The PM might be well-intentioned. But how do we know about his grip on the rural India?
We find that in Gujarat, in the interior areas, humans are used as cattle to pull the ploughs!
Is it any indication that farming is modernised, as we find in some advanced states? Even in TN, in remote locations, there is opposition to the use of farm mechanisation to harvest such crops like paddy.
There is also a great deal of interstate migration of labour.IN TN there is much migration, from Assam and North East.
There is a need for much relaxation of land laws to make farming viable.
Also, reforms in agricultural education and training. Most agri universities are cut off from what they are doing!
Now every political party, the major and regional ones, every political leader, from the top to the lower-down segment., talks of these issues not in an objective, empirical manner but try to browbeat the opponents with their own tall claims to promote the Dalits, as people, more the Dalit icons, from Ambedkar to the other ones like Babu Jagjivanram.
We are sorry we don’t have enough facts but we can only observe that in all cases of Dalit leaders and their parties or groups, it is the very same socio-economic and cultural prototypes operate. Dynastic politics too permeate in these sections also.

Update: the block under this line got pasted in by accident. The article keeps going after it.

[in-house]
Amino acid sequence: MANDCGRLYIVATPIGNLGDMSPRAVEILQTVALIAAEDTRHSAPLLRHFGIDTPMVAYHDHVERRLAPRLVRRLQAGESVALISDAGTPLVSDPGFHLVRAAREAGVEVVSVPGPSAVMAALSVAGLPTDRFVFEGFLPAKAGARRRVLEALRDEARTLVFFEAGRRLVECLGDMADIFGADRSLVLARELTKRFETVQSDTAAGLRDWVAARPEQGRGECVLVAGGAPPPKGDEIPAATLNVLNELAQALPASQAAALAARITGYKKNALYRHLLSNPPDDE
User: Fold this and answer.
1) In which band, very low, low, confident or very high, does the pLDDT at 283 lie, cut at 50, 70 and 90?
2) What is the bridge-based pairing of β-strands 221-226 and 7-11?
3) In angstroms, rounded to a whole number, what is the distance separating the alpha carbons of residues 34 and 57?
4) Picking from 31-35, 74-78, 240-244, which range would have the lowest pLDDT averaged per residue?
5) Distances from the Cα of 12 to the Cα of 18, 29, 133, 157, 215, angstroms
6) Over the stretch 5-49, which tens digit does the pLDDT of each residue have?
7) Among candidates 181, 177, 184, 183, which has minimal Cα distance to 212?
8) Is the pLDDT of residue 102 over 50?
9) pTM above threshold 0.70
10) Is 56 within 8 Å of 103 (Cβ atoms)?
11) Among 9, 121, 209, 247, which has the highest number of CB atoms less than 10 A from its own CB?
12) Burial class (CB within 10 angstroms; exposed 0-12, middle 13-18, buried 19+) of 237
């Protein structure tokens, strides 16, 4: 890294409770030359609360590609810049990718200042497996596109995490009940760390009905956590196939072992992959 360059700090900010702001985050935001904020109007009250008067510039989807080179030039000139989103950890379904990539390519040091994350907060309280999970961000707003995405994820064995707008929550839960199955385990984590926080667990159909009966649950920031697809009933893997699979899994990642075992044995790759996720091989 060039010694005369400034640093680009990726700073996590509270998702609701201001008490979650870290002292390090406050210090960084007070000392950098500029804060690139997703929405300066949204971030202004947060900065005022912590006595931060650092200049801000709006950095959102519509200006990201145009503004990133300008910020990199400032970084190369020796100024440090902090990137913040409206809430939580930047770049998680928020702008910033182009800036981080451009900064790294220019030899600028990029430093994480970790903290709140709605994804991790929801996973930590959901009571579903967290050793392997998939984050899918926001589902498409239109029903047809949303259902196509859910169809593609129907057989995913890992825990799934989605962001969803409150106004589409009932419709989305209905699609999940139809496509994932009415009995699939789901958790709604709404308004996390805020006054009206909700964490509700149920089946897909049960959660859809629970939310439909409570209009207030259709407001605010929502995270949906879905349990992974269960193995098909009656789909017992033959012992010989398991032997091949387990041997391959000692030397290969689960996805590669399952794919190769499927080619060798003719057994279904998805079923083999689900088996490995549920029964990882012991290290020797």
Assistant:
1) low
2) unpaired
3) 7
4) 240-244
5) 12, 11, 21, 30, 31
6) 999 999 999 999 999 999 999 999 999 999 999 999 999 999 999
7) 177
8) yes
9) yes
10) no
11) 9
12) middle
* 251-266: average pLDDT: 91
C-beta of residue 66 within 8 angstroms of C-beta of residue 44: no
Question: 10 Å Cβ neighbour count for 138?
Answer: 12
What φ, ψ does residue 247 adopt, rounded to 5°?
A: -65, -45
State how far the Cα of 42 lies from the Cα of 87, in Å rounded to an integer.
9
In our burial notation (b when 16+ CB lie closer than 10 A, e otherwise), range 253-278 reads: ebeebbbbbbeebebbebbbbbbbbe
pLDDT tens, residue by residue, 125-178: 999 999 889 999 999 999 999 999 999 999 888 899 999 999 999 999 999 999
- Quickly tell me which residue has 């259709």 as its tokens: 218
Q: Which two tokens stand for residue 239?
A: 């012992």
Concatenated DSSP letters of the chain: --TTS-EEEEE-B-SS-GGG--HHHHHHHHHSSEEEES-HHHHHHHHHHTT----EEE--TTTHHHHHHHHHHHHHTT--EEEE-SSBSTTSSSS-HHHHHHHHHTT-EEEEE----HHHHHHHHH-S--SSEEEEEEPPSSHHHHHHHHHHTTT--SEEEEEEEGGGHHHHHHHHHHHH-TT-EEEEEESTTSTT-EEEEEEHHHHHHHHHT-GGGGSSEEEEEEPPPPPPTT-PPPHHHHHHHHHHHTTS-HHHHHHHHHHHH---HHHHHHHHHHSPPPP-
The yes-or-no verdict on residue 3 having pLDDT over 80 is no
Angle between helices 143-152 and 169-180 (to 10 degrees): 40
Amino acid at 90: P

Also, in the accumulation of wealth and seeking funding for their parties, the same habits, the same mindset, resort to illegalities in seeking funding for their parties, the same ailments, the parties, with no distinction for the social and economic class and status.
Parties when they come to operating in a secular democracy like that of India’s every political party, the Dalits too are today feel emboldened and also empowered to call the shots, so to say, like all other parties and their agendas.